Former Nigerian president Olusegun Obasanjo has insisted that the country’s current president Muhammadu Buhari must be voted out when the West African nation goes to poll in 2019
Buhari rode into power in 2015 on the wings of populist promises of remodelling the economy, fighting biting insecurity, especially in northeast Nigeria and rein in the reign of corruption that has blighted the country for decades.
But critics like the former president said Buhari’s government has performed way below expectations.
In January, the former president accused Buhari of being nepotistic and said the president was lacking in the requisite capacity to make Nigeria better.
Obasanjo acknowledged his complicity in making a man who he said “is weak in the knowledge and understanding of the economy” the president. He said he thought that Buhari could make “use of good Nigerians in that area.”
“The lice of poor performance in government – poverty, insecurity, poor economic management, nepotism, gross dereliction of duty, condonation of misdeed – if not outright encouragement of it, lack of progress and hope for the future, lack of national cohesion and poor management of internal political dynamics and widening inequality – are very much with us today,” Obasanjo said in a 13-page statement titled ‘The Way Out: A Clarion Call for Coalition for Nigeria Movement’ at the beginning of the year.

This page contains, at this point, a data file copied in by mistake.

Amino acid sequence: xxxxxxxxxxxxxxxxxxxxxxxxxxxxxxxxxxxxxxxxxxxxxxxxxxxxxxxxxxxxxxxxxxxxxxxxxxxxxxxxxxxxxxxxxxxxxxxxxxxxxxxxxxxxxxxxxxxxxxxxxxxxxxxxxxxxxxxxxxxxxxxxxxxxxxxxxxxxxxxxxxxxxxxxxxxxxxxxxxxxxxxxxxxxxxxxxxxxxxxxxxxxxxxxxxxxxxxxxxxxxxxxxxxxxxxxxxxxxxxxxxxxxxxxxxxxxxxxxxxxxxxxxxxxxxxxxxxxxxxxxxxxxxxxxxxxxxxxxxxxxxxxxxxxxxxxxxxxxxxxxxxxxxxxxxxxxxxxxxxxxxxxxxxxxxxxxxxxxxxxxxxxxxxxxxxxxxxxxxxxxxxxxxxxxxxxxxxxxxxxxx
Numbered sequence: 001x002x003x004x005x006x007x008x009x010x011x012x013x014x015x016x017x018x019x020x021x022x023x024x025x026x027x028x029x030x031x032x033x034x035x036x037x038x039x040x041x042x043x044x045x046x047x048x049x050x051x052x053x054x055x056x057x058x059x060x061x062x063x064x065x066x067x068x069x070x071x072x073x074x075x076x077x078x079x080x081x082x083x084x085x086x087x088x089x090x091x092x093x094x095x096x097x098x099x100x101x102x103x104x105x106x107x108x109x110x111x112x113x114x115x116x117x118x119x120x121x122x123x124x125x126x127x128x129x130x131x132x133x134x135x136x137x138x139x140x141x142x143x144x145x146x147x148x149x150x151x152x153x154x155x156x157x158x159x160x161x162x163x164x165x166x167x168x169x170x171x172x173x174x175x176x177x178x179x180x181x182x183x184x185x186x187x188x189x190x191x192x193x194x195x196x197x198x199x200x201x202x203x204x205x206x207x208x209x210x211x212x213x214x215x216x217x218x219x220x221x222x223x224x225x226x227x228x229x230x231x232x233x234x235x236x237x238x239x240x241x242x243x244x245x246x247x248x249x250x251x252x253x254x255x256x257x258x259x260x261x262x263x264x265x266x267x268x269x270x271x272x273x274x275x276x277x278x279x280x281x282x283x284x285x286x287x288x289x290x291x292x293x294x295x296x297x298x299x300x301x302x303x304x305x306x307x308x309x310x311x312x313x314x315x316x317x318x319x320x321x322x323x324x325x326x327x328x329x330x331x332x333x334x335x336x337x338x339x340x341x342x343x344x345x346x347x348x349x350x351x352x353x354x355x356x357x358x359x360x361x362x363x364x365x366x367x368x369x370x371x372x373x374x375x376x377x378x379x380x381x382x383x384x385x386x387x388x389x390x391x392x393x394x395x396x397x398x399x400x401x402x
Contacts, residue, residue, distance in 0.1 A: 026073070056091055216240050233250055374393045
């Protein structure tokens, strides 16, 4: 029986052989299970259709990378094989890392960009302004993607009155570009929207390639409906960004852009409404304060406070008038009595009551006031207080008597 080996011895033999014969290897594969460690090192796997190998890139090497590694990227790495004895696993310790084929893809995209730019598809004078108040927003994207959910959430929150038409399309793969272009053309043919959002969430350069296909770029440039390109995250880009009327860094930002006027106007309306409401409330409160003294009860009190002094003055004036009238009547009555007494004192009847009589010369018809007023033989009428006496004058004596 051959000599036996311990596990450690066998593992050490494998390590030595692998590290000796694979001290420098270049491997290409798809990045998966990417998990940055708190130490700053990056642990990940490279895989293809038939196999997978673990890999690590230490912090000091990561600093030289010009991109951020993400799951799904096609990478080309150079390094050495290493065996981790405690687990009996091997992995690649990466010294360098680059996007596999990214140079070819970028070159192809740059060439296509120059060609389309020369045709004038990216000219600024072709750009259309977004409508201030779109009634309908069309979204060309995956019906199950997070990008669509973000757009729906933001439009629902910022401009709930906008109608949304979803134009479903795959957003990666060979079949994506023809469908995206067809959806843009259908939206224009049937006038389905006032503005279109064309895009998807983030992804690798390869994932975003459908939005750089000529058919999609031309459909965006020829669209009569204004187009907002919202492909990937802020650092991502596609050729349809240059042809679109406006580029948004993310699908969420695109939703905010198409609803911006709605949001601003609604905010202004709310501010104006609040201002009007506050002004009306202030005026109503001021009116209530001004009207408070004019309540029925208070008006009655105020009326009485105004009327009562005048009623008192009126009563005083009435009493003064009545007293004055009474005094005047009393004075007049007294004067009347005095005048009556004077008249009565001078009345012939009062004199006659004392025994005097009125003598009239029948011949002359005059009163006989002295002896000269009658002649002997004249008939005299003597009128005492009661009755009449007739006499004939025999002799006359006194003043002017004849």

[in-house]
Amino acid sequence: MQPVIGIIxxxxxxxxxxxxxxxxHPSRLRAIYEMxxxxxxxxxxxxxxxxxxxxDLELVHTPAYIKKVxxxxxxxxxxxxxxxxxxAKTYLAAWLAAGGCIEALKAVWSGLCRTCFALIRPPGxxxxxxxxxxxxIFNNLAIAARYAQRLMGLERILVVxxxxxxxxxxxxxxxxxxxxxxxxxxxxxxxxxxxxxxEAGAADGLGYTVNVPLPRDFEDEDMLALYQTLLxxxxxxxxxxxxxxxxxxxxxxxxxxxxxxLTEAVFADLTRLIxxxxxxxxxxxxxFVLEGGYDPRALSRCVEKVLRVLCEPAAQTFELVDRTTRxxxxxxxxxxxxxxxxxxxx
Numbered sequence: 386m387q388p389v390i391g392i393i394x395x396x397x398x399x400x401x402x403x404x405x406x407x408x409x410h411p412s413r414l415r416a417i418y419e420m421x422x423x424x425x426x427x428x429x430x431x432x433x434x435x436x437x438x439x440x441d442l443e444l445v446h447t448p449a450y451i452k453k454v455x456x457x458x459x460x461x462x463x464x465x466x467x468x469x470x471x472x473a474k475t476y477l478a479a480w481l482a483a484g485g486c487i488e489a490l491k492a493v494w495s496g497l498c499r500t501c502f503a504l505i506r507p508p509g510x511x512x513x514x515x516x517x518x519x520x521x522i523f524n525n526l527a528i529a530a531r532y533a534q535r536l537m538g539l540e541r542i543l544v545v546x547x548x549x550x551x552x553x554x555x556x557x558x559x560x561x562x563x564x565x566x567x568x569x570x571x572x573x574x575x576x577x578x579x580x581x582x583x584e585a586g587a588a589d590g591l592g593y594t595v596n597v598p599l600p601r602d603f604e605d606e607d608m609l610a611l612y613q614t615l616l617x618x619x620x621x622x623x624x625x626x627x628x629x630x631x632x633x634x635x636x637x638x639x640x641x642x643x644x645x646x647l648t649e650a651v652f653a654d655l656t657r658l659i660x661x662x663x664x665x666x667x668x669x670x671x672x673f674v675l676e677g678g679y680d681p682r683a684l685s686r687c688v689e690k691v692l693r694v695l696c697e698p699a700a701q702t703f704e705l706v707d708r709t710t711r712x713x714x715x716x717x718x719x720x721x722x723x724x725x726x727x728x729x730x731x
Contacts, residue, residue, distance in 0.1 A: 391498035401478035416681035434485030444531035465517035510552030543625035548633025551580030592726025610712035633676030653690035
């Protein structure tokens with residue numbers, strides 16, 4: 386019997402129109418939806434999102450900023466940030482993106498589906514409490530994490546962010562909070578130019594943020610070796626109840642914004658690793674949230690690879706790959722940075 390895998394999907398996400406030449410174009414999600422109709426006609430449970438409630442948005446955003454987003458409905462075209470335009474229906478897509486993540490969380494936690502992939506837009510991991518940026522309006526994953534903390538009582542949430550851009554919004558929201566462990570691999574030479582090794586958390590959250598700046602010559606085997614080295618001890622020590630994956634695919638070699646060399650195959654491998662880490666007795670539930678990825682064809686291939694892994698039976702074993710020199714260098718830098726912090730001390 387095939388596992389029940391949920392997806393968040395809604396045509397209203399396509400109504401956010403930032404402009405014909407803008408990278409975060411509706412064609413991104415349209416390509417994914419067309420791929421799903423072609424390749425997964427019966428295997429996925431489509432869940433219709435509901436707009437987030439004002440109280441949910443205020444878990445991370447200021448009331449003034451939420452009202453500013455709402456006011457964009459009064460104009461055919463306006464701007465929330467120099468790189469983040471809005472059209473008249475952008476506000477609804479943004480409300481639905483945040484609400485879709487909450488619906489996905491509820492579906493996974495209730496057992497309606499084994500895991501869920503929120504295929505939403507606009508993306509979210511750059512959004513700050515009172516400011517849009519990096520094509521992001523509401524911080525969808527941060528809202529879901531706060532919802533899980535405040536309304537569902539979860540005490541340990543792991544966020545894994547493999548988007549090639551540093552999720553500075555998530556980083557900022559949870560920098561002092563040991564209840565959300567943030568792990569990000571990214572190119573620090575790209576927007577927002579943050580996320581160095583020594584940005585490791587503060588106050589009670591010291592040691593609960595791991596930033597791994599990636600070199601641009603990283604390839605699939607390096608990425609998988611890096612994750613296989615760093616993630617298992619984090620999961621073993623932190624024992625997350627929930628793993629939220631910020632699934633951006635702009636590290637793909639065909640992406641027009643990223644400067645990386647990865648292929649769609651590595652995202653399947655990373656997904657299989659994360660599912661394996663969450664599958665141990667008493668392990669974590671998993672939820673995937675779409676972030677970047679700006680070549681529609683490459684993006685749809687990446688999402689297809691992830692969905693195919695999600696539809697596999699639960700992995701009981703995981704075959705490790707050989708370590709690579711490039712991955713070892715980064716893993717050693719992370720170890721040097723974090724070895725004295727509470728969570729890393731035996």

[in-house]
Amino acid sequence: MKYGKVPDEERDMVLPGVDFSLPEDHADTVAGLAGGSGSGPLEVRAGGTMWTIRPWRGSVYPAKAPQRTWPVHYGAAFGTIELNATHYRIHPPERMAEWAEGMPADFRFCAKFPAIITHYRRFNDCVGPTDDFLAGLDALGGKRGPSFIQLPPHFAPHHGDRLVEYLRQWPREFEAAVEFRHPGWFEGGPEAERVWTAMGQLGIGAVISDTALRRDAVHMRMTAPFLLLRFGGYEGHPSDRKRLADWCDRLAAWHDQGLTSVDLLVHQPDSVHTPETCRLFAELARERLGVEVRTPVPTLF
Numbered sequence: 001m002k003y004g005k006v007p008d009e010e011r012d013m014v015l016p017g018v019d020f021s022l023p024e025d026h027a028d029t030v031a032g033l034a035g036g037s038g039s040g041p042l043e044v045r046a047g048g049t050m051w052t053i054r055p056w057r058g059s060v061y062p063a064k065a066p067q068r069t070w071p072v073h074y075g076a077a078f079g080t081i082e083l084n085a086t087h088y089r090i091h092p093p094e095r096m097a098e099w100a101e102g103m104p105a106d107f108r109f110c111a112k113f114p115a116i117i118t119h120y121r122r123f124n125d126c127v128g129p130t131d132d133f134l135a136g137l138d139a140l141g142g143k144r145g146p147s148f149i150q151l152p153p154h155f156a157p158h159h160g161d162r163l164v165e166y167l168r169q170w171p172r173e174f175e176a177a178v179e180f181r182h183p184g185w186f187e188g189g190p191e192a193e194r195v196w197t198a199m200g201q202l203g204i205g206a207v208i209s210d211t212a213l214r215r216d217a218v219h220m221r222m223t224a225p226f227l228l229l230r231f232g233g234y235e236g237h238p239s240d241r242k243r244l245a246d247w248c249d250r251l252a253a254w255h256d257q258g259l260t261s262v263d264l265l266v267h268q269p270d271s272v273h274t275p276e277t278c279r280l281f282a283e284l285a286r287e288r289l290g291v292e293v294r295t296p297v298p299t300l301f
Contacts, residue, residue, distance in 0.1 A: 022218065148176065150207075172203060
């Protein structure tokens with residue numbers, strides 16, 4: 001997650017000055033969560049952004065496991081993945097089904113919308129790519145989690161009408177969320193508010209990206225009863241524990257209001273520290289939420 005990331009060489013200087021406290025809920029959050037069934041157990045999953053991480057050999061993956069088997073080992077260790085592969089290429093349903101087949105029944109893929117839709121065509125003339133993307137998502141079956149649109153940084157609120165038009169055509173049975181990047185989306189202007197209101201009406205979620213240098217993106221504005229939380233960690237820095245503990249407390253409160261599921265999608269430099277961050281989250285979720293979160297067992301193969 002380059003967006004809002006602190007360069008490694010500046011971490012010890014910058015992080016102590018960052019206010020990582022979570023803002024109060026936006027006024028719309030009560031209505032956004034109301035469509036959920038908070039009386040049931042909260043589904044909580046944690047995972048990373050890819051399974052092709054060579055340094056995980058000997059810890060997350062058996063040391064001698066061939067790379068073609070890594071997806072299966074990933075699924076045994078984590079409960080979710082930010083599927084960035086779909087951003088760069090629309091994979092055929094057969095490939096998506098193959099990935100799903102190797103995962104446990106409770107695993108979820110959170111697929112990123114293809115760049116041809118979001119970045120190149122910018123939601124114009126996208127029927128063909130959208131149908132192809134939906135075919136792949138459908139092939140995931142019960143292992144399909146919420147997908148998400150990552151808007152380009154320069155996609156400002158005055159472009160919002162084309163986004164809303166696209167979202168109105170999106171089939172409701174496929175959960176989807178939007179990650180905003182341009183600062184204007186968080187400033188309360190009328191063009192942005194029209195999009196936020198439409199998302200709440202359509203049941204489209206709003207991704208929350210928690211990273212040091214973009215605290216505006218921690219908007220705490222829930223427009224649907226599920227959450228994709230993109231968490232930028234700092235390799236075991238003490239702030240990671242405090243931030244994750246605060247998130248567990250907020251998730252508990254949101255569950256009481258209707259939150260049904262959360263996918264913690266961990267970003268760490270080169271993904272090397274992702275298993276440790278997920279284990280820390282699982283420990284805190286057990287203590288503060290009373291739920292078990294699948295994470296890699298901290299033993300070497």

He doubled down on those claims in the Sunday statement issued by his media aide Kehinde Akinyemi.
Akinyemi said his principal believes that “only a fool will sit on the fence or be neutral when his or her country is being destroyed with incompetence, corruption, lack of focus, insecurity, nepotism, brazen impunity and denial of the obvious.”
That Sunday statement came after a News Agency of Nigeria’s report said Obasanjo had chosen to be a neutral participant as Africa’s most populous nation prepares for general elections.
The report noted that Obasanjo had shifted “gear to neutral, from outright partisanship and endorsement of the opposition candidate.”
“It is disingenuous, if not malicious, for anyone to suggest that Chief Obasanjo was being neutral when he chose not to use the Owu Convention as a platform for political campaign but instead adopt a communal and familial approach in talking to members of his Owu family,” Akinyemi said.
“For the records, and as accurately reported by some media organisations, what the former president said at the convention in Iwo was that while he would not impress any candidates on them, Nigerians should vote for credible candidates who will drive growth and development and make their lives better than it is now.”